Final time: 4:49:47

Friends and fellow bloggers Kim and Doug also run the race

After the race, the Coliseum was open for massages and showers. What a great touch! This was the first time I've ever had a massage after a run and believe me, this felt wonderful. There were loads of masseurs and masseuses (wow, I had to look up how to spell those words!) with empty tables waiting. A shower before the long ride home I'm sure was appreciated by Sue.

While I was disappointed today in my results, this race was one of the best overall experiences I've had.

Early on, still looking fresh
Later around mile 22, not so much!

Tuesday, March 31, 2009

The New Career

Well, it's been quite some time since I last posted and many changes have taken place since then. Back in early October, I was given notice that my position at work was being consolidated and eventually our group would no longer exist. That day has finally come, and I am now spending my first week ever on unemployment.

I've been through many different emotions since the announcement, but now I have made peace with this change and am ready to move on. At 55, there's not a whole lot of career left in me, but with the economic situation, I'm likely to have to work for another 10 years. Relatively speaking, 10 years is a short time, so I plan to pursue a career that I will enjoy, not one that may be financially the best option.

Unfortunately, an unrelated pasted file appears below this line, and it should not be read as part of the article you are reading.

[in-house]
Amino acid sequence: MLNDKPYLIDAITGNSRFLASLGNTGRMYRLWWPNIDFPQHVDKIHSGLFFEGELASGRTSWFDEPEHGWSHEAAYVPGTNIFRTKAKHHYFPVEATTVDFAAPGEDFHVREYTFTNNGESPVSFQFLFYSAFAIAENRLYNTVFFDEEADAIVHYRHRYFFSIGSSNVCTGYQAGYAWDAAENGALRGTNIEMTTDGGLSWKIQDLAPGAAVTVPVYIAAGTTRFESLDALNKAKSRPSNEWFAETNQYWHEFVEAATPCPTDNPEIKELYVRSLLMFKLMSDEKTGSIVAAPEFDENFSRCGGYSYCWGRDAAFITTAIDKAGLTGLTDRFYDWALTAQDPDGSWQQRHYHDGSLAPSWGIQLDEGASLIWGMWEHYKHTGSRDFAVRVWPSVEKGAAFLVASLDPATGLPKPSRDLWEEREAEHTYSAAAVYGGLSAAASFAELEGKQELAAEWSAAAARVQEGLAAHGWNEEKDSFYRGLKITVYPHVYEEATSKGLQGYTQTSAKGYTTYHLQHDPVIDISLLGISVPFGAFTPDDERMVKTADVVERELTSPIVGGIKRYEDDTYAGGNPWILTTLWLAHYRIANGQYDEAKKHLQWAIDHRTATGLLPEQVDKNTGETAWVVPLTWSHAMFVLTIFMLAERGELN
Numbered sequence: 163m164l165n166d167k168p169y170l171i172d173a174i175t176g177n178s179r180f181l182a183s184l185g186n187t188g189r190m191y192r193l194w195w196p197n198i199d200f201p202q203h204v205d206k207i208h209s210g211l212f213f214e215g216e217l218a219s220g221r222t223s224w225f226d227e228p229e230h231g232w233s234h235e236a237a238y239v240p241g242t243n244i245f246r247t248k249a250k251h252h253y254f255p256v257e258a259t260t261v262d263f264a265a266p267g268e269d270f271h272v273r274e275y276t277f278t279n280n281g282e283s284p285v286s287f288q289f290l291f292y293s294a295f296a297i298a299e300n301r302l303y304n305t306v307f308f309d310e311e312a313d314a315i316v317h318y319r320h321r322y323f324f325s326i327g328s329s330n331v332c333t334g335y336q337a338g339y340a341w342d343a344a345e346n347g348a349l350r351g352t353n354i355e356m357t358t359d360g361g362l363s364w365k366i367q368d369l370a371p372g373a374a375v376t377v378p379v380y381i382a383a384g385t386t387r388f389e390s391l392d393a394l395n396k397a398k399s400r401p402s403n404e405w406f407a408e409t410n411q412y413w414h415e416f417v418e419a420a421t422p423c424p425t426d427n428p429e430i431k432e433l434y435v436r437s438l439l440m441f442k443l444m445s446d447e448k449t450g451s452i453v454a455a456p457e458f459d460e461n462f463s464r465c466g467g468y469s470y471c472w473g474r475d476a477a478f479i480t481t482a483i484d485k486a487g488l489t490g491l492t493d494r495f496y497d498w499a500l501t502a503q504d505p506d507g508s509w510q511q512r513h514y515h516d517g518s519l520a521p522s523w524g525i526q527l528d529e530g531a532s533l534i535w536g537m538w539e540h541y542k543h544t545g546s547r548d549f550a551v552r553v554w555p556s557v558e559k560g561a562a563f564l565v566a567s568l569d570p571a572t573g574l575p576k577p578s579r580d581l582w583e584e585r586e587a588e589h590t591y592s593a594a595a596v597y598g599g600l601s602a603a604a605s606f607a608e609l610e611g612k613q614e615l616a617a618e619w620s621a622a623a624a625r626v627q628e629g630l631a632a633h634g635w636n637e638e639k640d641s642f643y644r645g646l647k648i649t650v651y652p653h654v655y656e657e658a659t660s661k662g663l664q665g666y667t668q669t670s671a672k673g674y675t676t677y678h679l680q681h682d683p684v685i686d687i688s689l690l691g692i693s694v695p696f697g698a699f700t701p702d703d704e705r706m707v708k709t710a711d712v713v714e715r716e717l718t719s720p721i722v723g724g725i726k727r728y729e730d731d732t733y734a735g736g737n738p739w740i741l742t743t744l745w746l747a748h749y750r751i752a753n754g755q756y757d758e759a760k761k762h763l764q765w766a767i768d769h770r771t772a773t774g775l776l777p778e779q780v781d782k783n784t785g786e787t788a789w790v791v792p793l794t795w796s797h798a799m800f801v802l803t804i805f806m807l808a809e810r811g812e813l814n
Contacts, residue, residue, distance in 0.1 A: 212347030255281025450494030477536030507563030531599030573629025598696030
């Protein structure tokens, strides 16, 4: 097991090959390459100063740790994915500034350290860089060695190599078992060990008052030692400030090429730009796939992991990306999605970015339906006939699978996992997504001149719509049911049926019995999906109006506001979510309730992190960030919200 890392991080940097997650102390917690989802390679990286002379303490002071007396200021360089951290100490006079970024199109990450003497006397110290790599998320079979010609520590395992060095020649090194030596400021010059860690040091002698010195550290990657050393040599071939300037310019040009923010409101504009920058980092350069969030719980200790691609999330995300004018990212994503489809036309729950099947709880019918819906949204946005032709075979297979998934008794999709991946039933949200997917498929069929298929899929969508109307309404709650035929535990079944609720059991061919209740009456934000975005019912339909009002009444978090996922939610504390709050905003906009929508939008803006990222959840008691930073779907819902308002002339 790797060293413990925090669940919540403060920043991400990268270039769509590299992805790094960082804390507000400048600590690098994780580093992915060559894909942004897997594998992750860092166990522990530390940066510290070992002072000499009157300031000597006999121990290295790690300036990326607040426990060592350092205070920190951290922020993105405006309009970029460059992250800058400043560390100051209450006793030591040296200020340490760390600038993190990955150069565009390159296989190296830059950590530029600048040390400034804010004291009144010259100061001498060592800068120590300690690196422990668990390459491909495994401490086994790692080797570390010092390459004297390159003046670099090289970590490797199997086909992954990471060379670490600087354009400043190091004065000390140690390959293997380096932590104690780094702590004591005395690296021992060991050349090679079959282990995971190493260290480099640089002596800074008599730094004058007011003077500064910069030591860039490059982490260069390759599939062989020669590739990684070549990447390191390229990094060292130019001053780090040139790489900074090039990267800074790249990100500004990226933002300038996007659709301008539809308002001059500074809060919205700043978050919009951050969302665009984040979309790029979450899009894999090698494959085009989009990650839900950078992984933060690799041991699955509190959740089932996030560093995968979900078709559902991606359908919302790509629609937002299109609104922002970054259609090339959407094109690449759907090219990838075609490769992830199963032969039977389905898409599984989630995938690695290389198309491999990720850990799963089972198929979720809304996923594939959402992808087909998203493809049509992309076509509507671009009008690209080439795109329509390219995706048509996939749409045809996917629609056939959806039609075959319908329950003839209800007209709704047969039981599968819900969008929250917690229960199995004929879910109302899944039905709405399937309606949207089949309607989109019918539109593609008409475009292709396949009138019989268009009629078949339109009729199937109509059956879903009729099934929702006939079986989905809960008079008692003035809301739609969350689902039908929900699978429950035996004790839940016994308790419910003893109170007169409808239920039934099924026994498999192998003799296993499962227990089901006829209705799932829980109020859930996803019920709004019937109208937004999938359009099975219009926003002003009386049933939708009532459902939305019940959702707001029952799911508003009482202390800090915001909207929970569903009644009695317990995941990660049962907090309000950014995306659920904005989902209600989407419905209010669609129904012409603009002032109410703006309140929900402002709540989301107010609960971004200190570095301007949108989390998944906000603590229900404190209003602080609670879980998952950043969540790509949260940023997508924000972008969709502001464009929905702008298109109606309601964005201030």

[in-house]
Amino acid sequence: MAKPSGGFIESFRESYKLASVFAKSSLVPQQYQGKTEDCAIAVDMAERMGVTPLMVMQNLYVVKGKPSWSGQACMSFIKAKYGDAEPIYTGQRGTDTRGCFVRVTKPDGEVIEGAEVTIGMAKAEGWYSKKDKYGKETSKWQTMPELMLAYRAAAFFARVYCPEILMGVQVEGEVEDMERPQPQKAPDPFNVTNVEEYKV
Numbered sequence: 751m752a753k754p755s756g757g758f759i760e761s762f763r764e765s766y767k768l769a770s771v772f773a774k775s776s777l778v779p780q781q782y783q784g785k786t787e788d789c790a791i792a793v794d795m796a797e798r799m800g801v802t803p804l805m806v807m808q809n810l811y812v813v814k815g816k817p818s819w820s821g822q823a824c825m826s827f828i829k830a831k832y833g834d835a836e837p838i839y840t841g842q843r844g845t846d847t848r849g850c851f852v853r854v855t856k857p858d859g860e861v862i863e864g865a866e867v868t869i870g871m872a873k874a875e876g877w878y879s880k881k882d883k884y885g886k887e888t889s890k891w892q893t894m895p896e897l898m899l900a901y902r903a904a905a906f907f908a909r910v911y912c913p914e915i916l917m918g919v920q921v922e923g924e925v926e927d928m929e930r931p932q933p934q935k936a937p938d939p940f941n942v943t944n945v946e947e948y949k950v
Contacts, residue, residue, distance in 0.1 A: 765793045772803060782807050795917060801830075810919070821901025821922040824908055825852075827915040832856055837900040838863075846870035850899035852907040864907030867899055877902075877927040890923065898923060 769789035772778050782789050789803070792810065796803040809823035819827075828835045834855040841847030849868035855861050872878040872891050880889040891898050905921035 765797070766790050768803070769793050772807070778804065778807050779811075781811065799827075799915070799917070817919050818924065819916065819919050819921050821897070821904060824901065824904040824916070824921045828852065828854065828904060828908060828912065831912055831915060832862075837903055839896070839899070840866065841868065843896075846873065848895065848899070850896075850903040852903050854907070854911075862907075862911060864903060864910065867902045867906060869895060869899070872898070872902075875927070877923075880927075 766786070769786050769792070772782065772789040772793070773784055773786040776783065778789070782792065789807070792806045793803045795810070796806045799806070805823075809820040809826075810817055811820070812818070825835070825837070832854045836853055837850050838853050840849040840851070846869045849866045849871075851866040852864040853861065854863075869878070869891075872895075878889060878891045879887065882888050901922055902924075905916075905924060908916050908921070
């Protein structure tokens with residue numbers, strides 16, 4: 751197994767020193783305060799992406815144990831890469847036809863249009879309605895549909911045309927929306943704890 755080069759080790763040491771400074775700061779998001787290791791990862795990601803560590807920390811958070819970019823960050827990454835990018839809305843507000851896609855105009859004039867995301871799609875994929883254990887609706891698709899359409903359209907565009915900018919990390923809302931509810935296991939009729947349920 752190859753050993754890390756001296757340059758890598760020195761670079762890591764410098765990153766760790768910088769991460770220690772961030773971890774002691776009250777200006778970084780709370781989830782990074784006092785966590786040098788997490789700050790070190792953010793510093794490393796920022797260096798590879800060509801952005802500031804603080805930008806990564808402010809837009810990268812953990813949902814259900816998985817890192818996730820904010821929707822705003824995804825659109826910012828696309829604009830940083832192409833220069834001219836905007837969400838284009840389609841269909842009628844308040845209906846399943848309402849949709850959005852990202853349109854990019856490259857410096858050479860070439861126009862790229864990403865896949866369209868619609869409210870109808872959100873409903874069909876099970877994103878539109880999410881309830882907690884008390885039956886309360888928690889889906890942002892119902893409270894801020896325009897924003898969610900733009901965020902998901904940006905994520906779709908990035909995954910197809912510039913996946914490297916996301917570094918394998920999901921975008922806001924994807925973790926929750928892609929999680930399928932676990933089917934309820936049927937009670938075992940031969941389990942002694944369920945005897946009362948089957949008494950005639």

Since I was a kid, I've always loved to travel. My parents always took us somewhere every summer, mostly up and down the east coast. When I turned 18 and took my first vacation as an adult, my buddy and I drove from Michigan to California and back in a week. Being on the road and seeing the country was thrilling to me. So, what do I want to be now that I've grown up and need a job; a driver of course. What's the best job in the driving industry; ya, that's right, a truck driver.

I've made the decision that I'm going to pursue a career as a truck driver, fully prepared to drive OTR in a big rig. Some people think I'm crazy, but I'm excited. Yes, a part of me has always thought about driving a truck, so why not now! I've enrolled in a 6-week truck driving school, which starts in May. After graduation, I'll be qualified work in an industry that is always in need of drivers, so finding a job shouldn't be too difficult.

In the meantime, I've kept up with my running and am currently training for the Lincoln Marathon on May 3. The training seems so much more difficult this year; I don't know why, but I seem to struggle on every long run. Sometimes I think it's mostly mental as it's been hard to keep focused the last few months.

Going forward, training while being on the road in a truck will prove to be quite a challenge. Realistically, I doubt that I will be able to train for long races anymore, but I do plan to try and put in a few miles every week. It will be exciting to be able to run in a different state or different city every day.

Wish me luck.......